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Blues Fest 2006: Sideman Steps Into the Spotlight -- Joe Krown, Saturday, 2 p.m., Tent Stage PDF Print E-mail
Music - Feature Stories
Tuesday, 27 June 2006 22:52

(Listen to this interview here.) 

Joe Krown Joe Krown carved out quite a career for himself as a sideman. Now he's reclaiming his role as a bandleader.

Through most of the 1980s, he ran a band and played keyboards in it with his wife in the Boston area. "The band and the marriage kind of split up months apart from each other," Krown said in an interview. So he made a decision: "I'm sick of being the bandleader. I just want to be a sideman for a while."

"A while" turned into close to a decade.

In the late 1980s, he was Chuck Berry's keyboard player when the rock legend played in New England. ("He never traveled with a band," Krown said.)

And then he hooked up with Luther "Guitar Junior" Johnson for three years. "That was like blues boot camp," he said, as he plumbed the depths of blues piano and organ. One of his first gigs with Johnson was the Mississippi Valley Blues Festival, where he experienced as a performer what other musicians had told him about. It "was one of the first festivals I played of that size when I started getting out of ... the New England area," he said. "This is what I heard about - the big blues festival."

And then immigration laws matched him up with another icon, the creaky-voiced musical meat-grinder that was Clarence "Gatemouth" Brown. Brown's band was headed up to Canada via New England, and "his keyboard player had a criminal record - like DWI or some crap like that," Krown recalled. "They needed someone to go across the border for a week." That was Krown.

Gatemouth and Krown kept in touch, and when the keyboard slot in the band opened up, he got the call. He moved to New Orleans - where Brown lived - in the early 1990s, even though the rest of the band was based in Nashville.

Krown is a native New Yorker, but he had a kinship with New Orleans music. "For me to come down here and play was kind of a natural fit," he said.

The partnership with Gatemouth lasted until Brown's death last year, and highlights included 62 dates opening for Eric Clapton, along with jamming with the likes of B.B. King, Carlos Santana, and Buddy Guy.

It certainly helped their relationship that Krown is as flexible in skill and disposition as Gatemouth was headstrong. Brown had "a very narrow, specific band of music that he likes to hear - mostly himself - and he was very anti-New Orleans music," Krown said. "He was very critical whenever I sounded a little too much like [Professor] Longhair. But he was very critical about everything. He had very specific ideas."

Krown traced Brown's dislike of New Orleans to the fact that he wasn't a native son, and wasn't accepted as part of the city's inner circle - home-grown musicians such as Dr. John. "It's funny," he said, "because he [Gatemouth] lived in New Orleans and he spent the last 20 years of his life living on the north shore" of Lake Pontchartrain.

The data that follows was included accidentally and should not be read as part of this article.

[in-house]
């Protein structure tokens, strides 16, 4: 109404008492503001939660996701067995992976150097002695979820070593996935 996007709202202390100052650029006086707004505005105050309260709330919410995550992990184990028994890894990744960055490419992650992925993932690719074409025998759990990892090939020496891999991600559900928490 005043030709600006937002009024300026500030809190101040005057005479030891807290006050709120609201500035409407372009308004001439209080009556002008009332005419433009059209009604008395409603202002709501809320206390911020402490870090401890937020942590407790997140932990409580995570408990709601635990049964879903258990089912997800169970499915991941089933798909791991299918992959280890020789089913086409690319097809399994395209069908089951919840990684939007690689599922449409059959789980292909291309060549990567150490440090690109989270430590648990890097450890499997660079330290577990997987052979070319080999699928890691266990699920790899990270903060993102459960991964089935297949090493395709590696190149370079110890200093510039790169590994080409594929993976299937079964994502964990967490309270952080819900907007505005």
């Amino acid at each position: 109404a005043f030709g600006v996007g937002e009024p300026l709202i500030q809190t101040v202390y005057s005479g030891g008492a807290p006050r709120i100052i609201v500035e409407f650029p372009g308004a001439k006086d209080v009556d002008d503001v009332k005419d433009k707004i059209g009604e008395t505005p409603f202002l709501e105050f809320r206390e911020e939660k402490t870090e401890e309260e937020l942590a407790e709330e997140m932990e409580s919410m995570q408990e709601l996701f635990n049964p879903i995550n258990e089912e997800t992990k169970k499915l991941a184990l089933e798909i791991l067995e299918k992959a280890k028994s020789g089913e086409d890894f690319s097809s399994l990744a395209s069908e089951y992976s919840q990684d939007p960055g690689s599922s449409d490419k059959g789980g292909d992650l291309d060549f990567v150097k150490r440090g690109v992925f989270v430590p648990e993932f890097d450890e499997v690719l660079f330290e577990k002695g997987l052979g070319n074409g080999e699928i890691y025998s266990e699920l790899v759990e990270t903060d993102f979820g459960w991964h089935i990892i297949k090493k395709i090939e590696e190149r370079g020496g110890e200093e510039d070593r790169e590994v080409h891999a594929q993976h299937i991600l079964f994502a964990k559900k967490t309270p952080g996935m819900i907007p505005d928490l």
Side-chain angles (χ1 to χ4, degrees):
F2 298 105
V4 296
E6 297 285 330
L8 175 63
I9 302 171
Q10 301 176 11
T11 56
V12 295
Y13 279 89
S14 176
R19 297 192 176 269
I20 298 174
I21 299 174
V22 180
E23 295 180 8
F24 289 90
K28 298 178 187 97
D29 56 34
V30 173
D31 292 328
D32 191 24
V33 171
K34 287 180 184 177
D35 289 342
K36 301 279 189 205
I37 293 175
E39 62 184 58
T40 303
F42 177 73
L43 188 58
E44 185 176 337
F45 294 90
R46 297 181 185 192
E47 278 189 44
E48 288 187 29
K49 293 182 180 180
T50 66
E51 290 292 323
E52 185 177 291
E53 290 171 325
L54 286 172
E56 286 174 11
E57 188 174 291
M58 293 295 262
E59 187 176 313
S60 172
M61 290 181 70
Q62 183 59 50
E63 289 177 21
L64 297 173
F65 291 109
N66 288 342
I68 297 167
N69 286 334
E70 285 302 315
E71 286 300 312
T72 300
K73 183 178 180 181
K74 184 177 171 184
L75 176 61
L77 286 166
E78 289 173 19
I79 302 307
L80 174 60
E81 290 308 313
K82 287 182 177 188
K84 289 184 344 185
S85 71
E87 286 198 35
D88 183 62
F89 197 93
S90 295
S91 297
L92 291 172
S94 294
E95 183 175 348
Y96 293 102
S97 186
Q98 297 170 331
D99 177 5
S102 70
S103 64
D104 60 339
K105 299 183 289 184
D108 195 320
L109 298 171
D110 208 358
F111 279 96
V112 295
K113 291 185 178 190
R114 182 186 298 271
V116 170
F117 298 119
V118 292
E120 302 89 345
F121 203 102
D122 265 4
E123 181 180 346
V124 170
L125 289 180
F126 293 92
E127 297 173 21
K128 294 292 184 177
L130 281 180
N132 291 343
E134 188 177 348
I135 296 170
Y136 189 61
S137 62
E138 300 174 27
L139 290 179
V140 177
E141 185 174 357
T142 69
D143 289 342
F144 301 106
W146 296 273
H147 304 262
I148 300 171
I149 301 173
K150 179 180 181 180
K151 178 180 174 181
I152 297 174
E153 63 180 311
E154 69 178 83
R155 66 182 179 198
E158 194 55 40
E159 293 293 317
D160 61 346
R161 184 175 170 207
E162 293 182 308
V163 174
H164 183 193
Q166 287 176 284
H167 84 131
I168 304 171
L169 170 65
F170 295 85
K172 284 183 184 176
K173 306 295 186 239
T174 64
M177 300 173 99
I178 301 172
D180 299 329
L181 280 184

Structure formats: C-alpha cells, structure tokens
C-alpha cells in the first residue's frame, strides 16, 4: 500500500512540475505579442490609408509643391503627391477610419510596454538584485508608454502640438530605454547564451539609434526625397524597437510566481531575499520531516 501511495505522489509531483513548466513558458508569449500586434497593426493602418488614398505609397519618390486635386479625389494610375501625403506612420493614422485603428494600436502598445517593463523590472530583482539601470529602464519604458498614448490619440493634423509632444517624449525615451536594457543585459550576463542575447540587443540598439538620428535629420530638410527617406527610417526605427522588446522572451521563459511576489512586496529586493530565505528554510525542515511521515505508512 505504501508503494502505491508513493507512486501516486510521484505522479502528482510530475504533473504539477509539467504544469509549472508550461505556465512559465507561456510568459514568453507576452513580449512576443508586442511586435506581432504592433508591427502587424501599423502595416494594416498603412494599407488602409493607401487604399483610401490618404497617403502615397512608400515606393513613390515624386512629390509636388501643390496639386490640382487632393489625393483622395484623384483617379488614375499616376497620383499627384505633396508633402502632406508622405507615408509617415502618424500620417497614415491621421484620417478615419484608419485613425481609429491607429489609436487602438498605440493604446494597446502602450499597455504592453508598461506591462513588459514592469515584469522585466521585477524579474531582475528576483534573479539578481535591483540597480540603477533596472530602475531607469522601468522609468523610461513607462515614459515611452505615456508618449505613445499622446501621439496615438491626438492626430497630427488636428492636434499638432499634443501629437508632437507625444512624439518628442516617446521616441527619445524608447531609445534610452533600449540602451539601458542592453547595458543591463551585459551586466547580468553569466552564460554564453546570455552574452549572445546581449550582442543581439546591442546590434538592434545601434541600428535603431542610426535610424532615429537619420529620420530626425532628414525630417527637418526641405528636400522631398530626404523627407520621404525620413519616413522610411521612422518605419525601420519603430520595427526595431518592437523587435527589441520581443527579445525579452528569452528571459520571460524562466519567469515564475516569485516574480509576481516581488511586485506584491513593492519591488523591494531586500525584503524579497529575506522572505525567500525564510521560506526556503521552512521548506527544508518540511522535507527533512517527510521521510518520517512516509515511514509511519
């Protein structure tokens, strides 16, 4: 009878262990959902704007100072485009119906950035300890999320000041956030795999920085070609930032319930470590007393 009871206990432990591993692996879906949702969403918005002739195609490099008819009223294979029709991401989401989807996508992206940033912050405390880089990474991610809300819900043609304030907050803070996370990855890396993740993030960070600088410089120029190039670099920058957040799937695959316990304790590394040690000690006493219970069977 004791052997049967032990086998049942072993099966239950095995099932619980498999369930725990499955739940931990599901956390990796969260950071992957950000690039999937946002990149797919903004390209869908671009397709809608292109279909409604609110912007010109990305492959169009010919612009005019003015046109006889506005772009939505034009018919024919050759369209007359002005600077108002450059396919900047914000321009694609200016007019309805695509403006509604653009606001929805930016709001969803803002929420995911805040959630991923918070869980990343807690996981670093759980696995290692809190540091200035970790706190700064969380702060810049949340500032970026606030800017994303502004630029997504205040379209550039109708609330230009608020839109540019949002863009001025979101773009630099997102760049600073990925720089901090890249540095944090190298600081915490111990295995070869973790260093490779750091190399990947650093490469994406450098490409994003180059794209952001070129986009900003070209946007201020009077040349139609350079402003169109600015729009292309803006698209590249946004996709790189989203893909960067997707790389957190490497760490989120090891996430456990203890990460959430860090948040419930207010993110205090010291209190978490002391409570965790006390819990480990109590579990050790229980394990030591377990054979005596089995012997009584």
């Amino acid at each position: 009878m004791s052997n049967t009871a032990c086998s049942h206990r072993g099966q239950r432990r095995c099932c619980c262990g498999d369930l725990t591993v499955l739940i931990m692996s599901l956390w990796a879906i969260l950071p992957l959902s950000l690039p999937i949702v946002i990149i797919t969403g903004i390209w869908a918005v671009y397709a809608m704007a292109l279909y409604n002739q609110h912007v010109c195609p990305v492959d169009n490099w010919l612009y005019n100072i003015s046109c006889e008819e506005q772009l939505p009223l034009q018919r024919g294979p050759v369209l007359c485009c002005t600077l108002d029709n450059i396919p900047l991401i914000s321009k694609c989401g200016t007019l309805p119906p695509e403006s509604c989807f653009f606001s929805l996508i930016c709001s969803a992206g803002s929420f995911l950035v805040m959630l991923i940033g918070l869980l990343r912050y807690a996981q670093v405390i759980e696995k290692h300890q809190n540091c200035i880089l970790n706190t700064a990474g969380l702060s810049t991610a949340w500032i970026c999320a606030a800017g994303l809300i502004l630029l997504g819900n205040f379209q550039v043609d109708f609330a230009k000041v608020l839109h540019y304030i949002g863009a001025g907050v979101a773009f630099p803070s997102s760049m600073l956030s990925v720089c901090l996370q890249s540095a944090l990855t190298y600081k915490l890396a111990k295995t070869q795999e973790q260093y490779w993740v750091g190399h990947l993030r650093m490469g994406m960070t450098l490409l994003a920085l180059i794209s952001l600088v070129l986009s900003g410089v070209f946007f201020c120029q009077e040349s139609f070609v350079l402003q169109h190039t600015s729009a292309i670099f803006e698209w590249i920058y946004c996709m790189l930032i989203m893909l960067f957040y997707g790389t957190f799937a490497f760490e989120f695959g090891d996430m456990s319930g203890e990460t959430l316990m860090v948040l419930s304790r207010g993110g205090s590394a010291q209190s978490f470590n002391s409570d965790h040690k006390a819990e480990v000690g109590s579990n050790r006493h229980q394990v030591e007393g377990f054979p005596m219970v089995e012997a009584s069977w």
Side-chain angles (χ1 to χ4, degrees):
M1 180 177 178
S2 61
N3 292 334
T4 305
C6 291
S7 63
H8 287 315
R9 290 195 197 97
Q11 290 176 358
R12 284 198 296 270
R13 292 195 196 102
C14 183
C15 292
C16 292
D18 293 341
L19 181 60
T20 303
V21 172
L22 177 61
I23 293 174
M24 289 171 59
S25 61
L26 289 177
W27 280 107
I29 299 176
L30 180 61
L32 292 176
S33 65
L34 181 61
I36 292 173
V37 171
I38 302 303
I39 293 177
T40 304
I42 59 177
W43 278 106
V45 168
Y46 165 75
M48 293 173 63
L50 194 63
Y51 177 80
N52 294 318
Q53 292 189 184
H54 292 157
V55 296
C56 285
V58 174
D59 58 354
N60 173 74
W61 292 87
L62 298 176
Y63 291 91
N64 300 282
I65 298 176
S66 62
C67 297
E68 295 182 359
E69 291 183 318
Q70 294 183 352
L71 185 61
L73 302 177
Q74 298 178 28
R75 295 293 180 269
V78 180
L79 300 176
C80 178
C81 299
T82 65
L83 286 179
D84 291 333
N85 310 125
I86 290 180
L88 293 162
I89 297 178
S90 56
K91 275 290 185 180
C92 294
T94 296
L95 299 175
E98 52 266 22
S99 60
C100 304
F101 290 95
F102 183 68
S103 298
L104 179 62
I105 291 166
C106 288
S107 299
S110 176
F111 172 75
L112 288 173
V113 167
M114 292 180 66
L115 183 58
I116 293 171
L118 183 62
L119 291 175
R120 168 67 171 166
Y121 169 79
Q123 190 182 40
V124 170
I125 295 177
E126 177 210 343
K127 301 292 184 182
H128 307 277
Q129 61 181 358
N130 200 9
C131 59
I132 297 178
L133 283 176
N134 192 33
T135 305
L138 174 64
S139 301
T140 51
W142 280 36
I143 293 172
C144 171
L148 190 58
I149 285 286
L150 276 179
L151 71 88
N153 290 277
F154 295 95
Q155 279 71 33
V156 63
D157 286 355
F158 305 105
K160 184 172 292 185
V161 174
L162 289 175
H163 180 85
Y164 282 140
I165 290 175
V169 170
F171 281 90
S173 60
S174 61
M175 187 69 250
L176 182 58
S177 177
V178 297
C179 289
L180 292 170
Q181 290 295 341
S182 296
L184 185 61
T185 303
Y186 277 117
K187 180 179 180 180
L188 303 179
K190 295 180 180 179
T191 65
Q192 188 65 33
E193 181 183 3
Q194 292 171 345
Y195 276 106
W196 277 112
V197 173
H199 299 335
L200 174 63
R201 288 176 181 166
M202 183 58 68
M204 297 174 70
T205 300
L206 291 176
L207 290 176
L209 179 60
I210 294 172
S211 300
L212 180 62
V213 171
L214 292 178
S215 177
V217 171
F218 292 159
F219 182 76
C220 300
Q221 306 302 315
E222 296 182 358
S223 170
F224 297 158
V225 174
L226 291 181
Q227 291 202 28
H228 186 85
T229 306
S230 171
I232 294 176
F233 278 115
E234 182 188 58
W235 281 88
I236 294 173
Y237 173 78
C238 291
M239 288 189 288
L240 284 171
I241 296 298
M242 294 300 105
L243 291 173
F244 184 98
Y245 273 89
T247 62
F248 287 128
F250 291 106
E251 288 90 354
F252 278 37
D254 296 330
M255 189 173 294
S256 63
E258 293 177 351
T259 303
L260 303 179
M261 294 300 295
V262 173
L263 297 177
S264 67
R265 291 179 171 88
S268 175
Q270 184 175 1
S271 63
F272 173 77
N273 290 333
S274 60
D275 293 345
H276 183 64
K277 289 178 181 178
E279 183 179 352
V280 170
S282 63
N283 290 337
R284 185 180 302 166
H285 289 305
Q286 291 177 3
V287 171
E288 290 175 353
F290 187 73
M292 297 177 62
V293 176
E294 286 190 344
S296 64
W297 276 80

The Texas-raised Gatemouth, of course, was a master of many instruments and styles, from blues to R&B to Cajun to country, but he didn't care for blues - or at least many blues musicians, whom he considered lazy, Krown said.

Krown said he simply enjoyed performing with "Gate," and wasn't bothered by Brown's closed-mindedness about New Orleans, or his direction to sound less like this player and more like that one. "Whatever," he said. "You know, it's all playing organ."

In the late 1990s, Krown starting thinking about life after Gatemouth Brown. "I was doing a projection for ‘Where is this going to be and what am I going to do after this?'" he said. In 1998, he released a solo-piano CD "to get my bearings," and an album with a full band followed. He's recorded roughly a CD a year since then, including his latest, 2005's Livin' Large.

"Through making all these records, it kind of revived my desire to just be a bandleader," Krown said.

Brown's touring slowed down as he got into his late 70s, and Krown's Gatemouth workload dropped from between 150 and 180 shows a year (before 2001) to roughly 75 in 2004 (when he and Brown last played the Mississippi Valley Blues Festival). That gave him time to re-establish himself as a solo artist and bandleader.

The 48-year-old Krown now has 10 gigs a week around New Orleans, sometimes playing piano by himself, sometimes with a trio, and sometimes with his funk band. "I also have a swing band," he said. (He'll be leading a trio at the Mississippi Valley Blues Festival.) "Sometimes I have Mondays off. I think I have two nights off this month."

His 2002 full-band disc, Funk Yard, was particularly well-received, landing on several publications' best-of-the-year lists. Louisiana's OffBeat magazine wrote: "This is a group of seasoned musicians who know how to play as an ensemble and how to lock into a groove tighter than a pit bull on the mailperson's leg."

Given the stature of the people with whom he's performed, the transition from sideman to bandleader has been relatively easy for Krown. He might not have been in the spotlight with Brown, but he certainly was on some big stages.

Still, when he started doing solo piano gigs, he was nervous. "That's like standing there naked a little bit," he said.

To listen to this interview, click here. 

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